I think most college football predictions can be pretty outrageous—like Lou Holtz’s 13-0 (upsetting Florida in the National Championship) prediction. But when Lou presented his argument he brought up the point that from the top of the schedule to the bottom, Notre Dame would field the better team athletically each week. Now some can make the argument (enter Mark May) that Notre Dame is not athletically superior than USC this year, but I disagree. I understand USC reloads faster than any school in the country, but losing players like Sanchez, Turner, Cushing, Matthews, Maualuga, and Moala—along with others—has played a huge role in closing the gap this year on USC and in my opinion are too many losses, especially on defense to be seen as superior to Notre Dame. Having virtually our whole offense back this season along with almost all of the key pieces on defense, it becomes easy to understand Lou’s bold prediction. Notre Dame should continue to field the better team in each of it’s games this year, barring of course the dreaded injuries.

As we all know, it’s not just who has the better team on paper and who’s ranked higher—that’s why they play the games (see Appalachian State vs. Michigan). It’s more about coming into each game prepared, focused and ready to execute at the highest level on every down of every possession. A pretty big request to expect out of some college “kids,” so we prepare ourselves for the miscues and the letdowns. To me, that is why so many people brushed off Lou’s prediction. He was simply calling for perfection, something that is so rarely seen in any sport, let alone in college football. However, with a down schedule for the Irish in ’09, a prediction of say 10-2, or even mine of 11-1, doesn’t seem to be so far-fetched.

Since the early slip-up against Michigan, followed with some close call victories against Michigan State and Purdue, I understand why some fans want to adjust their expectations. To make the excuse of this team not being ready for life in the top 10 or the top 5: I disagree. A mature Brady Quinn took Charlie Weis’ offense into the top 10 before and I think we can all agree that Quinn and company had less talent than the current players. Even with Mike Floyd out for what looks to be the season, I think that this group of kids should be and will be able to perform well enough throughout the remaining games to keep on winning.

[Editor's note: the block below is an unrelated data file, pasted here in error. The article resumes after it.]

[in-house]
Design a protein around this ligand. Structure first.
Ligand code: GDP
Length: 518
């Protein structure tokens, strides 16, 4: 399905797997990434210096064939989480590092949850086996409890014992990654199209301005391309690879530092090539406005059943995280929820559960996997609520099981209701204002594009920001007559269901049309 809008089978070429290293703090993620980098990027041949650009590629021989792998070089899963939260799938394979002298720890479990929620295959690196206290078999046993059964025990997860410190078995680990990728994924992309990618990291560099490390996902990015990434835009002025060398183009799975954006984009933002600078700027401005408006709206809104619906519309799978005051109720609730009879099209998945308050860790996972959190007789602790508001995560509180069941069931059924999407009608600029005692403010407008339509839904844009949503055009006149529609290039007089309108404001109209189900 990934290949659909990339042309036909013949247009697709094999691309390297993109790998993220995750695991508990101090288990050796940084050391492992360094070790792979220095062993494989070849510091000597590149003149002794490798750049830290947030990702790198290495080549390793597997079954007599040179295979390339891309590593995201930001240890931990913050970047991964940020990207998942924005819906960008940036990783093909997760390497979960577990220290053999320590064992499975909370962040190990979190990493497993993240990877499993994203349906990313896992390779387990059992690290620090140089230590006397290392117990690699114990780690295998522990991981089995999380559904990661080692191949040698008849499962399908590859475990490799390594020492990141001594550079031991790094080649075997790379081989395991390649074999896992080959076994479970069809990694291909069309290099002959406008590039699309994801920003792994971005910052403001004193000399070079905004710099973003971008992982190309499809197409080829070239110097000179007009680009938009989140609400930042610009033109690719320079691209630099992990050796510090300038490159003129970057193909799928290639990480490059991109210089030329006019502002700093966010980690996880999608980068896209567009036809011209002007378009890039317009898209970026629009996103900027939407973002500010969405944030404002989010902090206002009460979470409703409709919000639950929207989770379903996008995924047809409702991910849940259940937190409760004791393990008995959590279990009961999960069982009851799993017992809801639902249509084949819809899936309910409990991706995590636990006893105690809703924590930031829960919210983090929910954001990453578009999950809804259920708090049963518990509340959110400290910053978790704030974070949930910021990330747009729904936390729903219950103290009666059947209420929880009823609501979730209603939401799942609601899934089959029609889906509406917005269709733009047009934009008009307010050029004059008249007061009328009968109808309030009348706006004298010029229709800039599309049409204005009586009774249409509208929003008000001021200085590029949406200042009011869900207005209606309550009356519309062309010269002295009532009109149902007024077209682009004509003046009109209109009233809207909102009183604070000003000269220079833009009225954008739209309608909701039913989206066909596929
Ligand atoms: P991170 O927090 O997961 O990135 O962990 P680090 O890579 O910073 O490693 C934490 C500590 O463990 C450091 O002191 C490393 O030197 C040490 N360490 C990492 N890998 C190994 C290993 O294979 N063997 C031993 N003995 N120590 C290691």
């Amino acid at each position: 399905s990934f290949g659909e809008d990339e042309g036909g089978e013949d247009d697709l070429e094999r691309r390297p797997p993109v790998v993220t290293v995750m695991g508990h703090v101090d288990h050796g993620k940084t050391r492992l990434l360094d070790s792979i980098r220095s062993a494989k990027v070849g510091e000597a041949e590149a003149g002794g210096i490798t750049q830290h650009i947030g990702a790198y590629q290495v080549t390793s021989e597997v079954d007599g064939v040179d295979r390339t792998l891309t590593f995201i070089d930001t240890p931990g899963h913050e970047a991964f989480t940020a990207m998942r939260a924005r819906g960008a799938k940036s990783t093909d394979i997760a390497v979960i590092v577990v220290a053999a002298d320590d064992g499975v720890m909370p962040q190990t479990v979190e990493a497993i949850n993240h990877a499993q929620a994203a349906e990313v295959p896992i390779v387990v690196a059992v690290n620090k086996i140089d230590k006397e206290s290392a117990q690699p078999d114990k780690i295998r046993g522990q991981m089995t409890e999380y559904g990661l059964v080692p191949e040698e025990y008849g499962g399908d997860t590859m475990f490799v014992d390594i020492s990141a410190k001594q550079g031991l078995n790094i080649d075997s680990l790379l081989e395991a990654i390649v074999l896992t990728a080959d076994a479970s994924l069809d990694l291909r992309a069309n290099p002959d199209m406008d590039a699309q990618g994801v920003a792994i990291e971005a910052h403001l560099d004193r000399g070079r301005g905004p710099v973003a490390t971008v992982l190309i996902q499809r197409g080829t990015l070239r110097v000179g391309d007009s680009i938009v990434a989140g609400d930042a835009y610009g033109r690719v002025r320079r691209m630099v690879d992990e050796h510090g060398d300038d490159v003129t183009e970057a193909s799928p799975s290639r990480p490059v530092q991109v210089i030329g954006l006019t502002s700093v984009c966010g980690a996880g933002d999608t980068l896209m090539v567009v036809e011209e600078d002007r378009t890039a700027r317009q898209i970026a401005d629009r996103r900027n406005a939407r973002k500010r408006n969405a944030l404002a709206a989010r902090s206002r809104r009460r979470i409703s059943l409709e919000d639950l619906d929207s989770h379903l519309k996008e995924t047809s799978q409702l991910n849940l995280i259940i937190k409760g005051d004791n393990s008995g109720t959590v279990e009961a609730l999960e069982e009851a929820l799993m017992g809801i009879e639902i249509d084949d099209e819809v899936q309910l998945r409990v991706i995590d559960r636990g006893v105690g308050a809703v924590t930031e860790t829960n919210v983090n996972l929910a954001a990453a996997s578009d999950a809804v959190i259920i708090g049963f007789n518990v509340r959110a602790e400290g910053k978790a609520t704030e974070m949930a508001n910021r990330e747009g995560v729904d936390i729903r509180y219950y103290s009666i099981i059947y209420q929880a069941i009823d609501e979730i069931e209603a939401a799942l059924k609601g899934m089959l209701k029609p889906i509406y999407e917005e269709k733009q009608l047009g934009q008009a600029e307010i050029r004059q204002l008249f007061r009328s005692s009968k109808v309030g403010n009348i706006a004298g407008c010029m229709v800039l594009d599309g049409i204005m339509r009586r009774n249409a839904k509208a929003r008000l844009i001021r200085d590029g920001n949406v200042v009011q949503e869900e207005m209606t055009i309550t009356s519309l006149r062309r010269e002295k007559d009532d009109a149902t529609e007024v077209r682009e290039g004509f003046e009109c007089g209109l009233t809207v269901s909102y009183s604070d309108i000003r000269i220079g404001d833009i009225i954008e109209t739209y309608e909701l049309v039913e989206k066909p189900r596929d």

There are some negative aspects that the team is currently facing (poor tackling, poor pressure by the defensive line, poor secondary coverage, and needless penalties), and although we are nearing mid-season already, I find that those are all correctable problems. People easily forget that players progress throughout the season and I don’t believe it’s too much to ask of our defensive line to improve upon their pressure or our linebackers to tackle better. The pieces could fall into place very easily for the Irish. If the defensive line is able to create better pressure consistently, the secondary’s job becomes easier since the opposing quarterback won’t have all day to make up his mind. Both of these things will then lead to players being in the right position to make the right plays. I think Notre Dame is fortunate that the negative aspects that have come out of our first four games are so few and seem to be easily correctable.

Overall, it will continue to be on the players and coaches to stay focused on their performance and improvements each week. Just because we should be beating the Washington State’s and Boston College’s this year doesn’t guarantee a victory. Will we see an 11-1 season? I believe so, but then again I predicted Brady Quinn was going to be able to win a game or two for my Cleveland Browns.

Once again, our thanks go out to Sprout and Eric at The Subway Alumni Show for allowing us to pick their brains on this topic. Make sure to check out their Purdue recap and Washington preview episode where they answer a few more questions we asked them to cover on video. Also, Part 2 of this topic will be covered tomorrow, right here on Clashmore Mike.